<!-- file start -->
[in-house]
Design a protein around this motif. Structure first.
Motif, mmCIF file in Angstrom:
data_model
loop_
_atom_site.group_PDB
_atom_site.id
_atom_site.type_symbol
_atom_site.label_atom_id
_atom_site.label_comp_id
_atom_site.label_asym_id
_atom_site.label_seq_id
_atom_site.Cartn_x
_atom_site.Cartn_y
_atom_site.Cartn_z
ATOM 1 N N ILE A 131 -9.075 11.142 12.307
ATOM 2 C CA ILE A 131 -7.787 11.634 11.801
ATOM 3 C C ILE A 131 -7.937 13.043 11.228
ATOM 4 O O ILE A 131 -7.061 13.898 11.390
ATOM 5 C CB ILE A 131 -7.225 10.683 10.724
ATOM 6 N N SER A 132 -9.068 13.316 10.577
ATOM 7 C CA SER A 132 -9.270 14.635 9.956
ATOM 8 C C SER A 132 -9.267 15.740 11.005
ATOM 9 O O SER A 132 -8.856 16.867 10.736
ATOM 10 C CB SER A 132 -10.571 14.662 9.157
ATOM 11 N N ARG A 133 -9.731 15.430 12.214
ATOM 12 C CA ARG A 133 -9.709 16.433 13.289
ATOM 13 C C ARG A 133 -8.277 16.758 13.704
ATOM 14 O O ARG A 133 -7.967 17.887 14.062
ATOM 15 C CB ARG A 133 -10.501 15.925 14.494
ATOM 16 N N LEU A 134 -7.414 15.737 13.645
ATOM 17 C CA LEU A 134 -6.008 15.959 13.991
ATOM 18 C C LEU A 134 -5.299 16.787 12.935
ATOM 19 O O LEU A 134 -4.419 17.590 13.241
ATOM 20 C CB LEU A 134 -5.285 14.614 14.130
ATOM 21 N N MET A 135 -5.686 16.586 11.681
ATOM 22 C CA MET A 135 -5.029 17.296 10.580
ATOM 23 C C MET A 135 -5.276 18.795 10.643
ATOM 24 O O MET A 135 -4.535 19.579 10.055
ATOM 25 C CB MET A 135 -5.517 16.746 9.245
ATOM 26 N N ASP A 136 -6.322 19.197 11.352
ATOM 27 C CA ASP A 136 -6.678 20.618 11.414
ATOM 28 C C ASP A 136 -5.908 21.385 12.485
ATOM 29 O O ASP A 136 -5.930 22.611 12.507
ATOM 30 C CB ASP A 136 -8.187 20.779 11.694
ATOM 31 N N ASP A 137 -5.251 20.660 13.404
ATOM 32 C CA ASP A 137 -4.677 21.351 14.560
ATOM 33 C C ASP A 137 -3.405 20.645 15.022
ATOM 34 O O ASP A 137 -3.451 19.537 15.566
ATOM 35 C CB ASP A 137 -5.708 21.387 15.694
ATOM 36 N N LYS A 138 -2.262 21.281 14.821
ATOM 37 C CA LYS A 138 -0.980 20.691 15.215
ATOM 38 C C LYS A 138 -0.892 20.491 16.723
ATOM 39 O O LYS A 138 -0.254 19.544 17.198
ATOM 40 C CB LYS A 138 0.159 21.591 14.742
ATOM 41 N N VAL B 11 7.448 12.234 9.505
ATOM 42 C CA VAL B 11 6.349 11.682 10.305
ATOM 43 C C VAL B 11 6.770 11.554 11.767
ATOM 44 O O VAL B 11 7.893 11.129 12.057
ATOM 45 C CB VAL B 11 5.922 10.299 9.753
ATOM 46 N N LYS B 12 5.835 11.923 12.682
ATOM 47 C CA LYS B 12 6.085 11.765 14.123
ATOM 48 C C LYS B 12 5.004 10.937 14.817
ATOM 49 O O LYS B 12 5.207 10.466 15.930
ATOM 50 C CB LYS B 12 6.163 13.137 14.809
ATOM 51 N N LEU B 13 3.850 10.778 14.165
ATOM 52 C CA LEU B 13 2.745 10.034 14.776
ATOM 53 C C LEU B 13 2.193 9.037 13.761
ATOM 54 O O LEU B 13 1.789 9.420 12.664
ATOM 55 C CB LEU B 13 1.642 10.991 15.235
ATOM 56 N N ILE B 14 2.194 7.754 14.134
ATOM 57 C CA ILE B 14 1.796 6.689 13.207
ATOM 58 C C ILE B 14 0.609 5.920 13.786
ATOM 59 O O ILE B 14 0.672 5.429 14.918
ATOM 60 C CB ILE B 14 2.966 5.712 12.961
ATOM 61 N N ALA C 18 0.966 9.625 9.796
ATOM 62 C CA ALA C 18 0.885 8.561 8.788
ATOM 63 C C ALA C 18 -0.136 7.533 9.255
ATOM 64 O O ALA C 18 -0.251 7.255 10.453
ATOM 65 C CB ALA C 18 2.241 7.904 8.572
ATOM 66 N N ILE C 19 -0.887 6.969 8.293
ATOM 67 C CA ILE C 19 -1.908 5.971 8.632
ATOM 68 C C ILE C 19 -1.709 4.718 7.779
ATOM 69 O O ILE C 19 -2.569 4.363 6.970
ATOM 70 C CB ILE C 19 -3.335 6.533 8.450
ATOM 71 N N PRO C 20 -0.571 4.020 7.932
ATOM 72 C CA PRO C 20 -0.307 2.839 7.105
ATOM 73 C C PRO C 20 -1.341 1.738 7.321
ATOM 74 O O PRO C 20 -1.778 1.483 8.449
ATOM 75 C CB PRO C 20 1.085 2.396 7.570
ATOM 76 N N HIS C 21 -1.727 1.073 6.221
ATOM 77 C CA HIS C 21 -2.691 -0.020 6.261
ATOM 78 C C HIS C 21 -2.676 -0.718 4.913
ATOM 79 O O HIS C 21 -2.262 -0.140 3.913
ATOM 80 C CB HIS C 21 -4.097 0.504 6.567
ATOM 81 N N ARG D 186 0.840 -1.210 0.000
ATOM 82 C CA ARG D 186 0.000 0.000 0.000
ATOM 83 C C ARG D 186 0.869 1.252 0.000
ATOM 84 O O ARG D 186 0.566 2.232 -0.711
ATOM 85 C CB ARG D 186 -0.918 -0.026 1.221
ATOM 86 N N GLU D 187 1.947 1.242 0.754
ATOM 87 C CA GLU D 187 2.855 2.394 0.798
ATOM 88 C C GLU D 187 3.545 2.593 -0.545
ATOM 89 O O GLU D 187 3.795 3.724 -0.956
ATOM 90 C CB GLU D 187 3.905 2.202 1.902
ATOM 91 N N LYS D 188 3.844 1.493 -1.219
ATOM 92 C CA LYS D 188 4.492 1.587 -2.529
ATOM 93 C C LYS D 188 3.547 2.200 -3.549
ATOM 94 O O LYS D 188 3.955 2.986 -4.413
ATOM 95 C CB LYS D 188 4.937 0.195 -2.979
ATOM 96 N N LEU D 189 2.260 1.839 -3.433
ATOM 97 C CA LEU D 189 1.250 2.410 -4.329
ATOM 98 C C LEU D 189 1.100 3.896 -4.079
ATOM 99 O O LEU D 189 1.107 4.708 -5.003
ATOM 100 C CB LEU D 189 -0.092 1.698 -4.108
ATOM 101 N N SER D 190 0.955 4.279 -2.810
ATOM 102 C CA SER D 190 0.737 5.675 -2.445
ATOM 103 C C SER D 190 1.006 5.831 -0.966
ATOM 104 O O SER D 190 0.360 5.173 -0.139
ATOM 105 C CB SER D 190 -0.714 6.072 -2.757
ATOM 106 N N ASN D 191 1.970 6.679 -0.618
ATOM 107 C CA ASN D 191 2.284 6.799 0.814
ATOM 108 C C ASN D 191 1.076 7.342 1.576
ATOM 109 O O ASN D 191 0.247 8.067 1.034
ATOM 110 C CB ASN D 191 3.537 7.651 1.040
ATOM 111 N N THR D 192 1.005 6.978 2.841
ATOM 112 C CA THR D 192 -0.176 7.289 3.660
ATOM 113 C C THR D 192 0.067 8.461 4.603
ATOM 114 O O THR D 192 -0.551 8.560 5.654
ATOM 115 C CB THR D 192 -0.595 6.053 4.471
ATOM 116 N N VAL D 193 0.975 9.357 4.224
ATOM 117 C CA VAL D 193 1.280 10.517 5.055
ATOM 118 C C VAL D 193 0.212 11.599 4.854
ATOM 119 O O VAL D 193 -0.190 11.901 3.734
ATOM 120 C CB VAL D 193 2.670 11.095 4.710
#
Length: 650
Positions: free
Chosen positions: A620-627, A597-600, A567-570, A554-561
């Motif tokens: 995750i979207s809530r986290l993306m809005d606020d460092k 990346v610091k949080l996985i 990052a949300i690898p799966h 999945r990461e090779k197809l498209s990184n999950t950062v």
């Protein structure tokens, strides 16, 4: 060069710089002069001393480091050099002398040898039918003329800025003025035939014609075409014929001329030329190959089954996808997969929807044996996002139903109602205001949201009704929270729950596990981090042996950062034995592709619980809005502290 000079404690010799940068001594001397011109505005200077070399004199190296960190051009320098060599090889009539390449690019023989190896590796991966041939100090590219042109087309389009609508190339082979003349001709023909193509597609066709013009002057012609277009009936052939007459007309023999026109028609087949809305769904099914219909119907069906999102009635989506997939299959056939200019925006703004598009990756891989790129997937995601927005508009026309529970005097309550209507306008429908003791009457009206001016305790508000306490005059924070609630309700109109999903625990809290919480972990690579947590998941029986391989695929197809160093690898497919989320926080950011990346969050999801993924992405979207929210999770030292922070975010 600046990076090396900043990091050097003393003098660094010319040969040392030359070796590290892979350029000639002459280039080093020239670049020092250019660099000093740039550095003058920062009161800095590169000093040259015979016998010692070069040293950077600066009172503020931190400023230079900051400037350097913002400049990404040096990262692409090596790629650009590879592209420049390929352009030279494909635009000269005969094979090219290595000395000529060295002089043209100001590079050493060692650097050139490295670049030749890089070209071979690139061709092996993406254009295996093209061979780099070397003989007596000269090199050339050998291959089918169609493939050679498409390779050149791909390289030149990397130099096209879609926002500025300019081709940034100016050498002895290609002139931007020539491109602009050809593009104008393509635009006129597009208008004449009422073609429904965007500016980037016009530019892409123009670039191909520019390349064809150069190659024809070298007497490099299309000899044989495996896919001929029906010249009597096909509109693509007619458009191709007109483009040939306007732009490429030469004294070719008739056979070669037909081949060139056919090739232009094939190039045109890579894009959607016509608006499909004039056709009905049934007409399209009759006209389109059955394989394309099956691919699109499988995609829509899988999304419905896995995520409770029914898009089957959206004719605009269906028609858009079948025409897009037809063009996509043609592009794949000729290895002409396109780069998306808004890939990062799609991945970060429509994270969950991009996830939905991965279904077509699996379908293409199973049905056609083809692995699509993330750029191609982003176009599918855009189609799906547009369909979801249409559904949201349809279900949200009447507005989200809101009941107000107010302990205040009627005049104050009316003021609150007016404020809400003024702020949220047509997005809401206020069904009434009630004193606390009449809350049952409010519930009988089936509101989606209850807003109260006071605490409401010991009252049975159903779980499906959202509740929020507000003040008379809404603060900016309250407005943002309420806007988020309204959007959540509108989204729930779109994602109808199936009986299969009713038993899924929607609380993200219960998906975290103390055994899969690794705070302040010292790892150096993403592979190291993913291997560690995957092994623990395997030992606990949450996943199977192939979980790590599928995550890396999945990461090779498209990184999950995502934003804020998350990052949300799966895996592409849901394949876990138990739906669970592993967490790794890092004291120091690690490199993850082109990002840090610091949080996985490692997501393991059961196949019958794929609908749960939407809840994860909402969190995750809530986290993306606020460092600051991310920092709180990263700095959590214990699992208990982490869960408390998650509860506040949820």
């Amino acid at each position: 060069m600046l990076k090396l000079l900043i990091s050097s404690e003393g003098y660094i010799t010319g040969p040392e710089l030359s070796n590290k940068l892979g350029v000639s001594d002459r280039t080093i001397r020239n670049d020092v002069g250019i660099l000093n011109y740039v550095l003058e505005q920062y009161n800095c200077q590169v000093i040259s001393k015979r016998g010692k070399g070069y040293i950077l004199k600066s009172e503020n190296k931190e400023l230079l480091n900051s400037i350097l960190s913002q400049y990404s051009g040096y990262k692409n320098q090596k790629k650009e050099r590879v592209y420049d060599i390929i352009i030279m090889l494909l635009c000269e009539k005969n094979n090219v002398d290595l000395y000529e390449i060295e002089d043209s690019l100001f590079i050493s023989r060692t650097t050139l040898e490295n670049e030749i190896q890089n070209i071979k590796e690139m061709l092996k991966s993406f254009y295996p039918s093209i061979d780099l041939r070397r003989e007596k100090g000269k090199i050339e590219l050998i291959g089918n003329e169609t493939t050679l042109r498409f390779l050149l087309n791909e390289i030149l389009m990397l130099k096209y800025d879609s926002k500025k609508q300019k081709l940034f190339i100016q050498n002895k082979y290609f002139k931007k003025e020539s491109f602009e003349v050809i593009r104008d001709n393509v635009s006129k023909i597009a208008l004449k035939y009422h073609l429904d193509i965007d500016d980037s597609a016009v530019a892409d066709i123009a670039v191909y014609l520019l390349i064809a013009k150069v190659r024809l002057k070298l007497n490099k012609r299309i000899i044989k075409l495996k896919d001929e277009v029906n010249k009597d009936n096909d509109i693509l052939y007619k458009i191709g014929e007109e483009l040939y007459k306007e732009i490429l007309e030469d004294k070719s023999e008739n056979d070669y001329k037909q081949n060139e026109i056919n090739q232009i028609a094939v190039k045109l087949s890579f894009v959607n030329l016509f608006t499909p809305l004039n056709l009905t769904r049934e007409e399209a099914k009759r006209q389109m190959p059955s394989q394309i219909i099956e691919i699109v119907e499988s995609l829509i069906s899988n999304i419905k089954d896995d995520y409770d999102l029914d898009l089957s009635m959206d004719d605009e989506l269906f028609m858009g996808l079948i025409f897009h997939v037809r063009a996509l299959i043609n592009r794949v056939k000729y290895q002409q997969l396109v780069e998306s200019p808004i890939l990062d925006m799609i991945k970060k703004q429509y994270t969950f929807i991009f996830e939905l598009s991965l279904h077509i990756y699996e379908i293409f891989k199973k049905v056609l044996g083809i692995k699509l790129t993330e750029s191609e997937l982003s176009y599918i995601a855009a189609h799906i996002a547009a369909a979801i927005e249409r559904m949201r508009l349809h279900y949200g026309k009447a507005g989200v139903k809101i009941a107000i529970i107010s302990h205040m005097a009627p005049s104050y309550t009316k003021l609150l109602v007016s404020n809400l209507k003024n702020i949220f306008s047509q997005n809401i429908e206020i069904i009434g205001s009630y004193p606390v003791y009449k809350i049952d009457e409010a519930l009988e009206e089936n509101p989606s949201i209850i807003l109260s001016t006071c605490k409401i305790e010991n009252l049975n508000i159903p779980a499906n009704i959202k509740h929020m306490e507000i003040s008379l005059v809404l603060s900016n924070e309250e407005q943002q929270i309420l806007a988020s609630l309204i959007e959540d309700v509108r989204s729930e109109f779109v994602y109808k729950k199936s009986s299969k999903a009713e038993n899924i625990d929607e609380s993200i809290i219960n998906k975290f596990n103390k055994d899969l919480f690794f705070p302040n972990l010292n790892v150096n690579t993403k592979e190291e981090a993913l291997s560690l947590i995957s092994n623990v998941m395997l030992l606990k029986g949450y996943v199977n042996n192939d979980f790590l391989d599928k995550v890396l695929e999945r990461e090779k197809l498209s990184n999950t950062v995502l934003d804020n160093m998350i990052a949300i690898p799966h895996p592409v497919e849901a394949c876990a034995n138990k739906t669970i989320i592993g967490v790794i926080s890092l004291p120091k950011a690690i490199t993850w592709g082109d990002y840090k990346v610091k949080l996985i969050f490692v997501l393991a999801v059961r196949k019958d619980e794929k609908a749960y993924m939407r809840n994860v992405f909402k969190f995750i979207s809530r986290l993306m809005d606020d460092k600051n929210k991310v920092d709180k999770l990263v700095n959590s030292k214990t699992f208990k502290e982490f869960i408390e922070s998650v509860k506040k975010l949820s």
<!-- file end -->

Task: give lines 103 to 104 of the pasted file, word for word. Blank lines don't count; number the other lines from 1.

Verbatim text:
ATOM 88 C C GLU D 187 3.545 2.593 -0.545
ATOM 89 O O GLU D 187 3.795 3.724 -0.956